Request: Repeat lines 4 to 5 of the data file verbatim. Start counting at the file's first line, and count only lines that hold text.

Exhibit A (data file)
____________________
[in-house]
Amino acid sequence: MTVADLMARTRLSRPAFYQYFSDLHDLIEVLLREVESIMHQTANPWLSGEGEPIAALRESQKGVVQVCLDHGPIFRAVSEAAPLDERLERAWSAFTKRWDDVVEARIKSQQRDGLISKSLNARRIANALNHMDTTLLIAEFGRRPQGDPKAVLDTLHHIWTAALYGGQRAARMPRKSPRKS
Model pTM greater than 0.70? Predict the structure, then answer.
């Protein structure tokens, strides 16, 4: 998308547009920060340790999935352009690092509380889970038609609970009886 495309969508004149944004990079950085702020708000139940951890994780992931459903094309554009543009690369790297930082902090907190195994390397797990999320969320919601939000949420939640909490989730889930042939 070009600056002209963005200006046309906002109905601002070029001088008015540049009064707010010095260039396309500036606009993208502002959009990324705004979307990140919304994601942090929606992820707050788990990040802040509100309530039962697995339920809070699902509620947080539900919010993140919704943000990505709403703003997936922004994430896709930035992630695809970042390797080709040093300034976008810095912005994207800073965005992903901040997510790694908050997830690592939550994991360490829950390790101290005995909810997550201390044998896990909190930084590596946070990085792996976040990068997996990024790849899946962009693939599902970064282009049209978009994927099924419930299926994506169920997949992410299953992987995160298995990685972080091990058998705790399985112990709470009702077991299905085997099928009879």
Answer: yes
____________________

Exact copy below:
């Protein structure tokens, strides 16, 4: 998308547009920060340790999935352009690092509380889970038609609970009886 495309969508004149944004990079950085702020708000139940951890994780992931459903094309554009543009690369790297930082902090907190195994390397797990999320969320919601939000949420939640909490989730889930042939 070009600056002209963005200006046309906002109905601002070029001088008015540049009064707010010095260039396309500036606009993208502002959009990324705004979307990140919304994601942090929606992820707050788990990040802040509100309530039962697995339920809070699902509620947080539900919010993140919704943000990505709403703003997936922004994430896709930035992630695809970042390797080709040093300034976008810095912005994207800073965005992903901040997510790694908050997830690592939550994991360490829950390790101290005995909810997550201390044998896990909190930084590596946070990085792996976040990068997996990024790849899946962009693939599902970064282009049209978009994927099924419930299926994506169920997949992410299953992987995160298995990685972080091990058998705790399985112990709470009702077991299905085997099928009879």
Answer: yes